Chemist, Brenden Carlson, Ph.D., is helping reinvent the gummy. Directing the Seattle Gummy Company’s formulations, he’s invented whole new sugar compounds along the way to developing healthy and tasty fitness gummies, energy gummies, multi-vitamin gummies, and even the world’s first planned line of pharmaceutical gummies–which promise to boost efficacy and patient compliance with medications. But his career trajectory didn’t start with applied chemistry in food, or health or medicine—but in aeronautics and military applications.
Dr. Carlson formally began charting his path to becoming, as his colleagues call him, the “walking encyclopedia of polymer chemistry” when he and his mentor, Professor Martin Gouterman at UW, patented a polymer for paints and coatings that would become the standard method of atmospheric pressure testing for new airplanes. It remains the industry standard, offering superior accuracy at a far cheaper cost than the previous method, which required $100,000 “pressure taps” drilled into aircraft. Most planes in the air today have been tested with Dr. Carlson’s inventions—which he developed as an undergrad at the University of Washington.
“It’s always nice to get a patent, and at 22 there weren’t a lot of students walking around campus with those,” said Dr. Carlson, who worked two years behind a cash register in the Bay Area while saving up for college. He has since issued 60 patents with Xinova and its precursors.
His original paint polymer solution stands out because it represents the type of out-of-the-box thinking characteristic of bold innovation. The idea was sparked from a Discovery Channel show in which rats breathed a fluorinated fluid. It got his inventive gears turning on a challenge he’d been pondering with Boeing aircraft and atmospheric pressure testing. Paint could be used for pressure testing instead of pressure taps if the paint polymer’s temperature dependency were removed. He went to the lab and took fluorinated alcohol and acid and made paint out of it. Low and behold, the resulting polymer canceled out temperature dependence completely, leaving only pressure dependence.
It was the kind of innovation the forward-thinking Prof. Gouterman hoped for when he gave lab space and inventive freedom to young students like Dr. Carlson, who are more open to pursuing crazy ideas.
“His lab was very unusual,” said Dr. Carlson. “Professor Gouterman likes working with youth because they don’t have any experience. He found that to be an advantage because a young person, when they encounter a problem, they go in a direction that an older and more experienced person might dismiss as, ‘Oh, that won’t work.’ But younger folks might do unconventional things, not knowing any better, and from there the most beautiful discoveries might happen.”
Dr. Carlson joined the Seattle Gummy Company at the behest of its founder–his former Xinova colleague, Dr. Connie Wan. As a chemist, Dr. Carlson was drawn to the challenge of plying his trade in new fields of food science and pharmaceuticals/nutraceuticals, which would allow him to play around with new sugar compounds. The key challenge to healthy gummies is designing a sugar that doesn’t cause cavities and blood sugar spikes but also has a pleasing sweetness, unlike the metallic, cloying taste of artificial sweeteners.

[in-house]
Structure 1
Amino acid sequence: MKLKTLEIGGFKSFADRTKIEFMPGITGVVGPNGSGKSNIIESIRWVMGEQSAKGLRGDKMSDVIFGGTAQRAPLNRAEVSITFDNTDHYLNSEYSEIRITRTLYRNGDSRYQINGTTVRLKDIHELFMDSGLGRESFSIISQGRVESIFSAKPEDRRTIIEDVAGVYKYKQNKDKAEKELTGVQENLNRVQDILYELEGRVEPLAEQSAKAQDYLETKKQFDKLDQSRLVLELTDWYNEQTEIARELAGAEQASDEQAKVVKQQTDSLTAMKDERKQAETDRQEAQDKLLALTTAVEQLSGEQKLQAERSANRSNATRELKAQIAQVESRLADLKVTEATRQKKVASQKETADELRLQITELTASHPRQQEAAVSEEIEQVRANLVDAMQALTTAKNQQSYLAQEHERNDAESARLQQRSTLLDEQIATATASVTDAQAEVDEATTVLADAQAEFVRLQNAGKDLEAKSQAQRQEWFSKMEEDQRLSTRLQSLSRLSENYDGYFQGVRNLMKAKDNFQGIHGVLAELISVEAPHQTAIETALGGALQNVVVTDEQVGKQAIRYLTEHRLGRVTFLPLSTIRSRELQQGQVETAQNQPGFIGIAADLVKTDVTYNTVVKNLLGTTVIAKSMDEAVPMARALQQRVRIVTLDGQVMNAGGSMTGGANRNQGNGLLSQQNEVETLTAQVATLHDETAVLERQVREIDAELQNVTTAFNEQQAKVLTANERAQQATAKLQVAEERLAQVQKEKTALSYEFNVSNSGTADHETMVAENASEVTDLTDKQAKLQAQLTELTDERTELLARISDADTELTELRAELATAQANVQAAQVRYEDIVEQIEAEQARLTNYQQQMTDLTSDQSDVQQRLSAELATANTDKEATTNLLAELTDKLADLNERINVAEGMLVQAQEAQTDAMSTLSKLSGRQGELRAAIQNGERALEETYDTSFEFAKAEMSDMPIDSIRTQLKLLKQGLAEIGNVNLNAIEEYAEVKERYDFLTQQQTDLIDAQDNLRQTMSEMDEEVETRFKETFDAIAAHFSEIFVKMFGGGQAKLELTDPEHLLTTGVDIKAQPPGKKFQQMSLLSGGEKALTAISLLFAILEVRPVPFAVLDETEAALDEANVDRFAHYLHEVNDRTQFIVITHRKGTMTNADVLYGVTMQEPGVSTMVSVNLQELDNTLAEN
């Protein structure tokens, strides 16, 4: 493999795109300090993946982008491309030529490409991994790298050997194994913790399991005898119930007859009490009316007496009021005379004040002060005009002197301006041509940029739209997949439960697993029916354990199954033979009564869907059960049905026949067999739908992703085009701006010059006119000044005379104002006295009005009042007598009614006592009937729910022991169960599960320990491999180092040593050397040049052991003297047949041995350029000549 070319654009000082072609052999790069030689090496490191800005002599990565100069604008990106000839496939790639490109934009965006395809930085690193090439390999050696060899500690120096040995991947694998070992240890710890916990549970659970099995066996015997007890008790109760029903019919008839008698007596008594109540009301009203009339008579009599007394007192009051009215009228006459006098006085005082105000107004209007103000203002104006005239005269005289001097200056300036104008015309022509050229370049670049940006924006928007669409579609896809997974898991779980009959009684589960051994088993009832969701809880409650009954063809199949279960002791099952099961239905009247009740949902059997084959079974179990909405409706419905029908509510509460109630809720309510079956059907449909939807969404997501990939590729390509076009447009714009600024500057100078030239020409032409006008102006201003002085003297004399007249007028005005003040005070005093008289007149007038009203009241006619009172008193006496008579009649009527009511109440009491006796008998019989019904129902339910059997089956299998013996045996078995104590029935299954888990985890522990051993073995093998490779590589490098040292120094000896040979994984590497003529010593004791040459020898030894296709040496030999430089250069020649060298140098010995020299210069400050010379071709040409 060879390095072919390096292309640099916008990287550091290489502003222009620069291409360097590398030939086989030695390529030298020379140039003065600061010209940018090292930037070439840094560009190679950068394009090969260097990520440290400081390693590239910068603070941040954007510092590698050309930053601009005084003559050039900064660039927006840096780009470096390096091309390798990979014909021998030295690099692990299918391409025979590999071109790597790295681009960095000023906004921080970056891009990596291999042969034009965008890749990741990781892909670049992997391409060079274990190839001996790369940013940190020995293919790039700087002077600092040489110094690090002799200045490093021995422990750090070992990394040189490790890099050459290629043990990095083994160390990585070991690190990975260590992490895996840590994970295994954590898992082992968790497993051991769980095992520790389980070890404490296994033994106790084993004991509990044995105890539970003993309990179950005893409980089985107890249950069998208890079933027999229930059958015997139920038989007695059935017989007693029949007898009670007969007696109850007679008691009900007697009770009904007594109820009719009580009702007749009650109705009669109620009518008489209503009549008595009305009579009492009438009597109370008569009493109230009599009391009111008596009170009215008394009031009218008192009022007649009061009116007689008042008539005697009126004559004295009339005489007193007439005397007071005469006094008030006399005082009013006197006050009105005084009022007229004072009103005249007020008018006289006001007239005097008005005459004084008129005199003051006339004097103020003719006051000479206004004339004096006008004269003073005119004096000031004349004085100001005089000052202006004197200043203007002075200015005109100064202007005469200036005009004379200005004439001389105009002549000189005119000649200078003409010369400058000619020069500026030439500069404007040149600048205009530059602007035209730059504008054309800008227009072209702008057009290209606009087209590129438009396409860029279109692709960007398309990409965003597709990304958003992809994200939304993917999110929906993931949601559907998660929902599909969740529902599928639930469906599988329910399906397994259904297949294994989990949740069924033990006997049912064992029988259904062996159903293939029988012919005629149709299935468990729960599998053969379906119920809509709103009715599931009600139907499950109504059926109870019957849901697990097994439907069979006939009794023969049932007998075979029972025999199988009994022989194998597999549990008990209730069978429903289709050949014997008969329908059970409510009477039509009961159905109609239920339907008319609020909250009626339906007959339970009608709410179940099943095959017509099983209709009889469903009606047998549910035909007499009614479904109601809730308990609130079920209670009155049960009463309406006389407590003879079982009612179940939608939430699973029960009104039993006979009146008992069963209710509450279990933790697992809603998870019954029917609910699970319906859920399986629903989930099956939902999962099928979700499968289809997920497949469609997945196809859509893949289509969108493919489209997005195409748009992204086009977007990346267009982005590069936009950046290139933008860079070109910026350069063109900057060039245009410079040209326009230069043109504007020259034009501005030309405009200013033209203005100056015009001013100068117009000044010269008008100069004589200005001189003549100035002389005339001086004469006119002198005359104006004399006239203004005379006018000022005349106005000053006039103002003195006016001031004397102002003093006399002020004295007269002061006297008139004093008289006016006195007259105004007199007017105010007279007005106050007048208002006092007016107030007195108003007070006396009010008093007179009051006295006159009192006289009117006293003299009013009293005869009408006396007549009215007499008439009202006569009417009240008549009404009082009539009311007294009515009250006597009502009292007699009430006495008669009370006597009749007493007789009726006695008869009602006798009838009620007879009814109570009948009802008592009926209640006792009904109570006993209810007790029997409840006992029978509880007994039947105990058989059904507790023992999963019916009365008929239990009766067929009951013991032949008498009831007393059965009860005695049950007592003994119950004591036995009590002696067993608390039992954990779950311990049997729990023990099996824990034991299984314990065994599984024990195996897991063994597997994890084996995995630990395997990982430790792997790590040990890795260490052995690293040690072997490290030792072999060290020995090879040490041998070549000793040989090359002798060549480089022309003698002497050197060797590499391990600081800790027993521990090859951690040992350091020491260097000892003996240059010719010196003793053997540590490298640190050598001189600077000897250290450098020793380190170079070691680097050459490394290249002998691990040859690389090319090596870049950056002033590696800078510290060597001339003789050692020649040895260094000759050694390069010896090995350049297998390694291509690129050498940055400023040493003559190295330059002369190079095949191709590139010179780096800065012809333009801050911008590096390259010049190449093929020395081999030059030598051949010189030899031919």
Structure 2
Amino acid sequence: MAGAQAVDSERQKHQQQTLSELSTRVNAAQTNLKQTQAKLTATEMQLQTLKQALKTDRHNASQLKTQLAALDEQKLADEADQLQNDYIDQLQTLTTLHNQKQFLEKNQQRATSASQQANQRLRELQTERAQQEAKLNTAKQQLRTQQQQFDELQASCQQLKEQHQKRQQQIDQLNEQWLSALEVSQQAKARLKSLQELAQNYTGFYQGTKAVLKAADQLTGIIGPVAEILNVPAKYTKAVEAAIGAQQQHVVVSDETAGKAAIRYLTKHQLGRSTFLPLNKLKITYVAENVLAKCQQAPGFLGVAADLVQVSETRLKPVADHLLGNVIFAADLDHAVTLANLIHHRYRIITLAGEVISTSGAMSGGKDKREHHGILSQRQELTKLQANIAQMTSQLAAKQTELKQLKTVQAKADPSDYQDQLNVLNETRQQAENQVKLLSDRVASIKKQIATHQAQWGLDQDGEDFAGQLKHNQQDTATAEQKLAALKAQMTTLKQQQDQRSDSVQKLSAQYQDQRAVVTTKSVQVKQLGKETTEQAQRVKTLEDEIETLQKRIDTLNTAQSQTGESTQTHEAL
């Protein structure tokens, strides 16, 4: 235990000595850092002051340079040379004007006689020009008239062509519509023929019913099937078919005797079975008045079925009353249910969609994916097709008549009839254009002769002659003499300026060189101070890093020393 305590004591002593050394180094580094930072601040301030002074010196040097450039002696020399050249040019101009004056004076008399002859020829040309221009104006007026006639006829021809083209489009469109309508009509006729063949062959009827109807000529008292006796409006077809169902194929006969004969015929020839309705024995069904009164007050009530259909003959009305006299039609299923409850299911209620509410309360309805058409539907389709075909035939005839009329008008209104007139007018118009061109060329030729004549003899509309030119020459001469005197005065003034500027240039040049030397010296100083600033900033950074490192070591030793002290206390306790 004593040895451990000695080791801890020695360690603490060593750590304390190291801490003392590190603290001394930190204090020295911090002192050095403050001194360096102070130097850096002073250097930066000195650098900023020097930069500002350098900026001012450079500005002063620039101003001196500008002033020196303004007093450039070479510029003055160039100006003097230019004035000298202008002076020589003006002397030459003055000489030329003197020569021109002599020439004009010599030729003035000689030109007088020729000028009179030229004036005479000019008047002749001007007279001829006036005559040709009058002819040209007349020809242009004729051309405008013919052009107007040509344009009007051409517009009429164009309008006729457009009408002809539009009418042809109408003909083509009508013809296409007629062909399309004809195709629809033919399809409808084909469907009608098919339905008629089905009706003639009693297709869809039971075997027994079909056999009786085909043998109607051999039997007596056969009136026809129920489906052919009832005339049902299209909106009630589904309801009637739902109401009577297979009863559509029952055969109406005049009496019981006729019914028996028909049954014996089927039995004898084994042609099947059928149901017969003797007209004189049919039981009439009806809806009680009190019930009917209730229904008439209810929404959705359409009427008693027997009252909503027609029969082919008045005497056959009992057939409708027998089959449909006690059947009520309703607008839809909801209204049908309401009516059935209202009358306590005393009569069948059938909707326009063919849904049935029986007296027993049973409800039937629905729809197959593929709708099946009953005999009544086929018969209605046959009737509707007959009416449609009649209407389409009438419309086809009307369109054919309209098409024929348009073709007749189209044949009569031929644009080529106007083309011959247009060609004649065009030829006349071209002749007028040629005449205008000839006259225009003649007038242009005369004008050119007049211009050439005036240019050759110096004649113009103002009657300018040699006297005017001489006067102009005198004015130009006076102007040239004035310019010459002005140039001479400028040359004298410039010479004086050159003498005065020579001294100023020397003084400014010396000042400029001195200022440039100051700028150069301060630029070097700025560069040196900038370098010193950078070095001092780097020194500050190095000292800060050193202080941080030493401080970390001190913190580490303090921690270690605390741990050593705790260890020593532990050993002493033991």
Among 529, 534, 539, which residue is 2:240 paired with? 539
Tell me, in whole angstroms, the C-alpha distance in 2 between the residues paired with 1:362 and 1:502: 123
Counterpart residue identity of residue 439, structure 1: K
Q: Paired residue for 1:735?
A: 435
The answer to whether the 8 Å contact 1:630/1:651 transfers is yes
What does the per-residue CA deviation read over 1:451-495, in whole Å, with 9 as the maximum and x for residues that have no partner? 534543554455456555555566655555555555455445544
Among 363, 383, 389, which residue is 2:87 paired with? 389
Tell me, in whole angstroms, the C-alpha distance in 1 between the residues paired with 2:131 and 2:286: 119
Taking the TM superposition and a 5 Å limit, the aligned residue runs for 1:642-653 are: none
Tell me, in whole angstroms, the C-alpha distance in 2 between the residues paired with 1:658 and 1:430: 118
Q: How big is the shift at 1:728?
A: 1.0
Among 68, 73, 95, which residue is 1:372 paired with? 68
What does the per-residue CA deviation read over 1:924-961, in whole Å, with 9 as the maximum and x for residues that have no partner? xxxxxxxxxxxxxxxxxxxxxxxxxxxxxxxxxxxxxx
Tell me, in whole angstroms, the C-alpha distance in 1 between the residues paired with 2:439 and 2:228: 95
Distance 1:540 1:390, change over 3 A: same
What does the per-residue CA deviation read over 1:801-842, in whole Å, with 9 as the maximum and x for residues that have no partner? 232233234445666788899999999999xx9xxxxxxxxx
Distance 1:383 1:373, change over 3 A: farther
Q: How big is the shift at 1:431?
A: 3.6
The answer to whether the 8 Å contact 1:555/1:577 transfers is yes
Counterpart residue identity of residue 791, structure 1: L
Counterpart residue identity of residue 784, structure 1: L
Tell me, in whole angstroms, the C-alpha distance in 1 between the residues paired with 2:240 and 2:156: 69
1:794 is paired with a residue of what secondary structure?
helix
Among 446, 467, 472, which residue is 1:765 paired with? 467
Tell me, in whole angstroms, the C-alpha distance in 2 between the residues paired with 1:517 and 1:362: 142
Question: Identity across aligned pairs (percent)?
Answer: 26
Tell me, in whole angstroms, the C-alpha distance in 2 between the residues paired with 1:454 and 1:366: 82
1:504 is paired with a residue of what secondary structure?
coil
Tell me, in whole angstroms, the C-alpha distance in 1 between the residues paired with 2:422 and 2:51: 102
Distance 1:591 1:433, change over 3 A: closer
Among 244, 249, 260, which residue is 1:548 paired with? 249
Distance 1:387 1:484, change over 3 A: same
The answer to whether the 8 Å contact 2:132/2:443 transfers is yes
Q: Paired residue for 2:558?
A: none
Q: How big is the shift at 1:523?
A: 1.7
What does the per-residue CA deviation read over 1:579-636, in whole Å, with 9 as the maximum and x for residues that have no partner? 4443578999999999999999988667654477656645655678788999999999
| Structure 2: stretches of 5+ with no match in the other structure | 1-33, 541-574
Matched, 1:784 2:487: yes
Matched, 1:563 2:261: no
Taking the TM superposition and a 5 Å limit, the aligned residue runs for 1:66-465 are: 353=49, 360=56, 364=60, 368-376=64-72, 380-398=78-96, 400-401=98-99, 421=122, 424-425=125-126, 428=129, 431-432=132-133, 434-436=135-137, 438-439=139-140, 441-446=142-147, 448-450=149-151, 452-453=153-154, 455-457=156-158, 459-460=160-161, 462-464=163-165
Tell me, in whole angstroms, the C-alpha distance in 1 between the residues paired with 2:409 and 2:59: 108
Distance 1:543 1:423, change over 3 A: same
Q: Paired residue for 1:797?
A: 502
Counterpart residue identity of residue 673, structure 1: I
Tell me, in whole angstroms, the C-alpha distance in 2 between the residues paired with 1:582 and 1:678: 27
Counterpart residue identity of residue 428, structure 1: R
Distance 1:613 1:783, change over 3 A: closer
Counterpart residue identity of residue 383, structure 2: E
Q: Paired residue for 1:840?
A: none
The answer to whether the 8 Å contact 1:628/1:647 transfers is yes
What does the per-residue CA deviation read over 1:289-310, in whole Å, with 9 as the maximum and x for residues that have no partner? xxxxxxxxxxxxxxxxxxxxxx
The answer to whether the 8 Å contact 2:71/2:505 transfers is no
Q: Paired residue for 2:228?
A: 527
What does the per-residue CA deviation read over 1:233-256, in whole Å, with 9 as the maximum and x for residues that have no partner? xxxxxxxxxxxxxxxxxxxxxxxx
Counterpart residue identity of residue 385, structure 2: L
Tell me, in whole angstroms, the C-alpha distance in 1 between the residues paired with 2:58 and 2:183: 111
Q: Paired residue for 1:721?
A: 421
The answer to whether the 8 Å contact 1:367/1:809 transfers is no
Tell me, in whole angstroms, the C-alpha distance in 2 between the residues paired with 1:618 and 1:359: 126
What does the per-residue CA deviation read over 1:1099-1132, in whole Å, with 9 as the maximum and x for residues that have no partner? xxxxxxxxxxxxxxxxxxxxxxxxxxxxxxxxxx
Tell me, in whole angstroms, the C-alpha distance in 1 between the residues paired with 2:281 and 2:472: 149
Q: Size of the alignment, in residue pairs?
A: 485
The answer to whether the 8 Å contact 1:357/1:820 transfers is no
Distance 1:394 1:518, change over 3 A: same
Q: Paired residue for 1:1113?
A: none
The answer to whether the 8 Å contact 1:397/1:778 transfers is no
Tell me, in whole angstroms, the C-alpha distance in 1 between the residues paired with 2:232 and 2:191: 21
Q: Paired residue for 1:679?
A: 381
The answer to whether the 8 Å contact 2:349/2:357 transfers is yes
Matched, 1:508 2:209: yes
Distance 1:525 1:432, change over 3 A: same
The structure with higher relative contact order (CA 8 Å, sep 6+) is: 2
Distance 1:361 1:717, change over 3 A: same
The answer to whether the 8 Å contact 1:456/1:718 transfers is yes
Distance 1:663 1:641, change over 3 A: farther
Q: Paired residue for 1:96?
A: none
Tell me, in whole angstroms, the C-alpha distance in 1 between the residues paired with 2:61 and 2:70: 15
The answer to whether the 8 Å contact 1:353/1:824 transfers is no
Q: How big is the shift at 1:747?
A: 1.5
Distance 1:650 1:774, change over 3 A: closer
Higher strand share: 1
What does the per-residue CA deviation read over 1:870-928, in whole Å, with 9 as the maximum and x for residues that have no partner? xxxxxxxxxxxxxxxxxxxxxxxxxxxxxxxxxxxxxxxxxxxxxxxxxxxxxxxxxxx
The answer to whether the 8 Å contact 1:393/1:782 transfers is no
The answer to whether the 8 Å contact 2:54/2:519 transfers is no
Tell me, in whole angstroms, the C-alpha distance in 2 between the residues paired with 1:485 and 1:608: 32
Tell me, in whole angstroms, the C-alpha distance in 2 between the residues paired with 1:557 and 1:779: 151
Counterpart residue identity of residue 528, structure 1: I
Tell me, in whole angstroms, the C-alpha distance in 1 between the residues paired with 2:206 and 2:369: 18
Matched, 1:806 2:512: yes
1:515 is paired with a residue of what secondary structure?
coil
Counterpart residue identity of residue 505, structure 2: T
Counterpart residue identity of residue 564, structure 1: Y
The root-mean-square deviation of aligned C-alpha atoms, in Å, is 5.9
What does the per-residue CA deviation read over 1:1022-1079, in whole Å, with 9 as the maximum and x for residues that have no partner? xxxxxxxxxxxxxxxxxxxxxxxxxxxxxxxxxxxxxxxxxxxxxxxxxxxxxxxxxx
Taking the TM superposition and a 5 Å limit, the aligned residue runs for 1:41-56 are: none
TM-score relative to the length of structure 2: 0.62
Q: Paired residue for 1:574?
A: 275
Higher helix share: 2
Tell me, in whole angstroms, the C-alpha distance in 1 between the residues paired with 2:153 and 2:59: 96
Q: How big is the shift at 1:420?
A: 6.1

Solving that challenge inspired Dr. Carlson to invent a new sugar molecule, Trulinose, which tastes like table sugar but without the toothache or blood sugar spikes. Trulinose is currently used in Seattle Gummy products, but it stands to be an ideal table sugar substitute in everything from cookies to ice cream.
“I have an extensive sugar background, but applying it to gummies and consumer products, in general, was a huge change and an appealing challenge. Also, it’s sort of cool to be playing with food. With paints and coatings you have… all these really harsh chemicals to worry about.”
Chewing gummies confers multiple advantages over swallowing things. Bioactive compounds like ginseng and caffeine are absorbed much faster and more effectively through the gums than via the digestive tract. Caffeine, for instance, is absorbed five times faster in a gummy than a cup of coffee. Moreover, eating or drink stuff actually changes the compounds themselves– the liver alters compounds during digestion, so the bloodstream gets a different chemical form of caffeine, for instance, when it’s drunk than when it’s chewed.
The gummy-effect holds true for pharmaceuticals: think of how doctors tell heart attack victims to chew an aspirin rather than swallow it. Moreover, gummies support much higher patient compliance: studies indicate a 90% compliance rate with chewing gummies, compared to roughly 50% with pills, which can be so unpleasant to swallow that actual medicine phobias exist in patients.
Despite these advantages and benefits, pharmaceutical gummies don’t yet exist, largely due to the cost of getting FDA clearance.
“There are no gummy pharmaceuticals on the market. We are pioneering this.”
When he’s not inventing new sugars and driving the gummy health renaissance, Dr. Carlson plays the occasional video game or, more likely, is working on an innovation challenge with Xinova and the chemical solutions company he founded, Seattle Polymer. He often innovates solo, but he enjoys the social aspect of invention sessions and of collaborating with other Xinovians, such as Angele Sjong.
“I enjoy all three forms of invention equally,” he said.
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